Travelers looking to make a jump across the pond to England will soon have more options. WestJet Airlines Ltd. (TSX:WJA) recently announced it will be expanding its international service by offering flights to London’s Gatwick airport.
The new service is expected to start later this year and is exciting news for both travelers and investors in WestJet for a number of reasons.
1. New routes mean new revenue
Imagine that you are a passenger on a transatlantic flight, sitting in the first row of economy class. Just as the main cabin service is about to start, there is a moment where you get a glimpse of what first class travel would be like. Just as the menus are handed out and the champagne is poured, the curtain is pulled across the aisle and the fantasy ends.
This is how a low-cost airline looks at transatlantic flights and the potential revenue they can represent.
Low-cost carriers typically serve as “feeders” from the smaller towns and regions to the city hubs where the larger, wide-bodied planes of Air Canada greet those connecting passengers to take them on to their final destination. Some low-cost carriers have tried to offer long-haul service, but few have stuck with it for very long.
WestJet first crossed into the European market this year with routes to Dublin and Glasgow, but now seems to be increasing its presence by adding flights to London. Considering that in its most recent quarterly earnings report WestJet surpassed analysts’ expectations, this international expansion could be the first of several new routes to come. By its own admission, WestJet wants to establish itself as “one of the five most successful international airlines in the world.”
2. WestJet is now a valid choice for the business traveler
WestJet has had transatlantic routes for a little over a month now, but this latest expansion represents its first serious foray into the realm of the business traveler.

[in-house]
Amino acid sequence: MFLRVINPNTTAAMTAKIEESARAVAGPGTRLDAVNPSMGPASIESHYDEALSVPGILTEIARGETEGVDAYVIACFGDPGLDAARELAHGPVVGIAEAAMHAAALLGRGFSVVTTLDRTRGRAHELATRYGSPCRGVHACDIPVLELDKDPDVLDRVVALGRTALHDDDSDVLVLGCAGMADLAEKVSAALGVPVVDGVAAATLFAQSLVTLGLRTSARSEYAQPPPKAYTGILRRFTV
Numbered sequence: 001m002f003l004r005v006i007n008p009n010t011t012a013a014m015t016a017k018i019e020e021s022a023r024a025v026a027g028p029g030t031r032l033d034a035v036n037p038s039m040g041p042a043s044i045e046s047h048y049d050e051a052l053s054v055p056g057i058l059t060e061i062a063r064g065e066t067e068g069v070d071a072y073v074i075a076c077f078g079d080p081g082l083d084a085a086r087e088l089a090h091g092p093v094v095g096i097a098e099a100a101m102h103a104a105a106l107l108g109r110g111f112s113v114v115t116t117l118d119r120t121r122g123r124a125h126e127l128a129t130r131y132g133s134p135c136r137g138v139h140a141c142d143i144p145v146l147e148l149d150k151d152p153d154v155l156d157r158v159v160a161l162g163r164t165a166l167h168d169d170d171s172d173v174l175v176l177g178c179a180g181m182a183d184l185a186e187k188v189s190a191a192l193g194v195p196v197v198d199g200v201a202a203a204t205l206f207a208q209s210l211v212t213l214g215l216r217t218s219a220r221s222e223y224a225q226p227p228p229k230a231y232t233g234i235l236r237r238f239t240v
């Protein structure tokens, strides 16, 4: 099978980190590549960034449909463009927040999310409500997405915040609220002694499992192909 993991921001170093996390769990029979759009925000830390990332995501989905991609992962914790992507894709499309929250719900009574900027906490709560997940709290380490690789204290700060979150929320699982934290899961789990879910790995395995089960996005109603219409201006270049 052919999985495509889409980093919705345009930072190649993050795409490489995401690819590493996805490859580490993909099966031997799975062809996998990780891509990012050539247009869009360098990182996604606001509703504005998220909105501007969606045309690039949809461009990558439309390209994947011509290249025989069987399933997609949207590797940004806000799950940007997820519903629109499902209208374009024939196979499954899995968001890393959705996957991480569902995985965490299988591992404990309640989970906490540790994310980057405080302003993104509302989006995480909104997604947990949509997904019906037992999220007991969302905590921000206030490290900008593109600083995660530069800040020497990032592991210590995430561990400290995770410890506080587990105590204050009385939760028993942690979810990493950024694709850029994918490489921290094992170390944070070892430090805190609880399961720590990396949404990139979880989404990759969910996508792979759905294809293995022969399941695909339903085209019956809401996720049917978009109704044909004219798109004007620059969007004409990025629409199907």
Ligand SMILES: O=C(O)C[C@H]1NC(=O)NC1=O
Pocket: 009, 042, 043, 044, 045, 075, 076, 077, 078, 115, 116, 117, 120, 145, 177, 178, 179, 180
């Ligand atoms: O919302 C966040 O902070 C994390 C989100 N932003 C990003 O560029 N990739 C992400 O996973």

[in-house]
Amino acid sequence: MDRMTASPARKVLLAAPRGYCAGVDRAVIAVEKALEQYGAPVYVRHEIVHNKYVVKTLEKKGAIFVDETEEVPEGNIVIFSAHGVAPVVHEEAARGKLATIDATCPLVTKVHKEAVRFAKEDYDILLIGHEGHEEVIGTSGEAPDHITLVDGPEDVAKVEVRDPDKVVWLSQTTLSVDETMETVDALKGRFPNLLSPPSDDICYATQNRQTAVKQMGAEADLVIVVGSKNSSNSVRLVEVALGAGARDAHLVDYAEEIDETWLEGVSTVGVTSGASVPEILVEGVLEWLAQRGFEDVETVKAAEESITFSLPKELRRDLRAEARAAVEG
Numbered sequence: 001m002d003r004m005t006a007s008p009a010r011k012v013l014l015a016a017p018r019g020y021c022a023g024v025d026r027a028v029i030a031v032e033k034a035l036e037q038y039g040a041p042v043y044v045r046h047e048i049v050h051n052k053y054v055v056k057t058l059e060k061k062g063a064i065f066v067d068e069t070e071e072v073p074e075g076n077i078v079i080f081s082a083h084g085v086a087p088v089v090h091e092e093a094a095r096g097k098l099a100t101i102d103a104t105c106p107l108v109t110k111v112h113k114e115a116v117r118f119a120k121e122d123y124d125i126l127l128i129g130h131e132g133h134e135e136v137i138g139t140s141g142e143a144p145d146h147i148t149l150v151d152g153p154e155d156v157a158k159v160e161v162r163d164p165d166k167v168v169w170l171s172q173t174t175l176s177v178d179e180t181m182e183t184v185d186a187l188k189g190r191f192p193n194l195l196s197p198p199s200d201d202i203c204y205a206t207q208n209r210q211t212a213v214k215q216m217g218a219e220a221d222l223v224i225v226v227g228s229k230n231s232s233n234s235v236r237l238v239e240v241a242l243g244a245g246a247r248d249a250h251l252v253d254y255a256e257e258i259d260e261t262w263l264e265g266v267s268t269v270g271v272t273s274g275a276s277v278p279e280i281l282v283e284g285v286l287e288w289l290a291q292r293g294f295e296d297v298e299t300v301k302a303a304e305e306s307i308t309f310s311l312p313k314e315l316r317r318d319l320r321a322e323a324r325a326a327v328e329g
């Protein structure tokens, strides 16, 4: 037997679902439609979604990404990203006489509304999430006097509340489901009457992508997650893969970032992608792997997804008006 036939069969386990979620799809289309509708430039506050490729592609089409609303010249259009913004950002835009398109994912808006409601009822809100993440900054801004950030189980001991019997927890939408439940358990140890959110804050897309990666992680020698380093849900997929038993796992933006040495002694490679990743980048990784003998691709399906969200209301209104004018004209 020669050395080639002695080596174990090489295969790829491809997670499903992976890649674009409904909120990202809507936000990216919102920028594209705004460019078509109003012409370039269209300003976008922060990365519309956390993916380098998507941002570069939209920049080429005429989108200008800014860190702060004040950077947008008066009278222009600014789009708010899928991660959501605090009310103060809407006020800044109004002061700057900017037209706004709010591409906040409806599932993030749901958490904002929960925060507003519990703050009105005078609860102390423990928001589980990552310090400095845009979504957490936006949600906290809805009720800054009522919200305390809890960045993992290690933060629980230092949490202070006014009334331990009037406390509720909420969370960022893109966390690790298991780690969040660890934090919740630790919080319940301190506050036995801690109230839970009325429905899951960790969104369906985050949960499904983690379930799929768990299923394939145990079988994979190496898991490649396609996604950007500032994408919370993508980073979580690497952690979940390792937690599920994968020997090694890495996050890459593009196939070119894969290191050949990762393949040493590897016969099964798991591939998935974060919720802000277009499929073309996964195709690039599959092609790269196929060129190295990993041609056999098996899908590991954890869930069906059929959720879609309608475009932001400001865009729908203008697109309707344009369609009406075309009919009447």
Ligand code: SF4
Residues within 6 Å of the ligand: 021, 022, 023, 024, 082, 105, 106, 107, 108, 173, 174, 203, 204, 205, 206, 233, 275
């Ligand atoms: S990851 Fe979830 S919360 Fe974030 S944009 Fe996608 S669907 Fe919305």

Business travelers will typically spend at least three times more for a domestic airline ticket over an average economy ticket, opting for premium seating with additional legroom and space for laptops. In the international business travel market, this number can increase to 10 times the price for an economy ticket.
While proposed departure points have yet to be announced, arriving in London Gatwick puts WestJet’s customers in one of the busiest airports in Europe, which gives a real choice to business travelers who currently default to flying Air Canada.
3. More planes, routes, and opportunity
Until recently, WestJet has flown a fleet of Boeing 737s that have a range of 5600 km and a maximum passenger capacity of approximately 170. Along with the new route announcement, WestJet announced it will be using its newly acquired Boeing 767-300 planes for the London route, which have an increased range of 9500 km and seat 262 passengers.
When WestJet started out in 1996, it was a small airline in the shadow of the much larger, dominant Air Canada. Fast forward to 2015, and WestJet is now serving over 85 destinations, and with this latest announcement is firmly going up against the “bread and butter” business routes of Air Canada. WestJet now has its own feeder airline, WestJet Encore, that is also in a period of expansion having received its first 20 Q400 NextGen Turboprop planes from Bombardier Inc.
Great long-term potential
WestJet represents a great long-term opportunity for a number of reasons, but mostly because it pays a quarterly dividend, has had 40 consecutive quarters of profitability, and continues to surpass analysts’ expectations.
The stock is still very affordable and would make a great addition to any portfolio.
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This article represents the opinion of the writer, who may disagree with the “official” recommendation position of a Motley Fool premium service or advisor. We’re Motley! Questioning an investing thesis — even one of our own — helps us all think critically about investing and make decisions that help us become smarter, happier, and richer, so we sometimes publish articles that may not be in line with recommendations, rankings or other content.
Fool contributor Demetris Afxentiou has no positions in any of the stocks mentioned in this article.